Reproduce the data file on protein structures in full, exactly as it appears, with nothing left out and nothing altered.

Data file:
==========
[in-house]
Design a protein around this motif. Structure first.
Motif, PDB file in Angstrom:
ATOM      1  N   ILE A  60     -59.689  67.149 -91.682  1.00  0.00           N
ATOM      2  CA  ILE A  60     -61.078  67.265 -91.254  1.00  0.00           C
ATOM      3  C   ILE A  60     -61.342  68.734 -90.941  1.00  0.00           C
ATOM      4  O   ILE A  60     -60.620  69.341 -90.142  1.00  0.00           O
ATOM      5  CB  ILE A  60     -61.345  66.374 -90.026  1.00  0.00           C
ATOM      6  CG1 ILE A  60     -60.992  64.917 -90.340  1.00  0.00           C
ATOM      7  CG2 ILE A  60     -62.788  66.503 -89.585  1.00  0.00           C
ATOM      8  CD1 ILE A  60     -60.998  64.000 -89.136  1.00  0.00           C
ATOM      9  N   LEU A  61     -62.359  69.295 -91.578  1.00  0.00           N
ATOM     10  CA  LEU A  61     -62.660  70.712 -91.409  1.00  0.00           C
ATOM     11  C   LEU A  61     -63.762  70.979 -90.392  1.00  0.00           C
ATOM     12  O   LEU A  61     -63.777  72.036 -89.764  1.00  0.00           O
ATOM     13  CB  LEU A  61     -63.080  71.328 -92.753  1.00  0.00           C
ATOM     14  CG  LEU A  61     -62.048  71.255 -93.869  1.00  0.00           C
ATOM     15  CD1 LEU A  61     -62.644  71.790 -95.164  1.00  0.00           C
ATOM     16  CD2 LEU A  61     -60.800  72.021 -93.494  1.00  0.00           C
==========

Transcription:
[in-house]
Design a protein around this motif. Structure first.
Motif, PDB file in Angstrom:
ATOM      1  N   ILE A  60     -59.689  67.149 -91.682  1.00  0.00           N
ATOM      2  CA  ILE A  60     -61.078  67.265 -91.254  1.00  0.00           C
ATOM      3  C   ILE A  60     -61.342  68.734 -90.941  1.00  0.00           C
ATOM      4  O   ILE A  60     -60.620  69.341 -90.142  1.00  0.00           O
ATOM      5  CB  ILE A  60     -61.345  66.374 -90.026  1.00  0.00           C
ATOM      6  CG1 ILE A  60     -60.992  64.917 -90.340  1.00  0.00           C
ATOM      7  CG2 ILE A  60     -62.788  66.503 -89.585  1.00  0.00           C
ATOM      8  CD1 ILE A  60     -60.998  64.000 -89.136  1.00  0.00           C
ATOM      9  N   LEU A  61     -62.359  69.295 -91.578  1.00  0.00           N
ATOM     10  CA  LEU A  61     -62.660  70.712 -91.409  1.00  0.00           C
ATOM     11  C   LEU A  61     -63.762  70.979 -90.392  1.00  0.00           C
ATOM     12  O   LEU A  61     -63.777  72.036 -89.764  1.00  0.00           O
ATOM     13  CB  LEU A  61     -63.080  71.328 -92.753  1.00  0.00           C
ATOM     14  CG  LEU A  61     -62.048  71.255 -93.869  1.00  0.00           C
ATOM     15  CD1 LEU A  61     -62.644  71.790 -95.164  1.00  0.00           C
ATOM     16  CD2 LEU A  61     -60.800  72.021 -93.494  1.00  0.00           C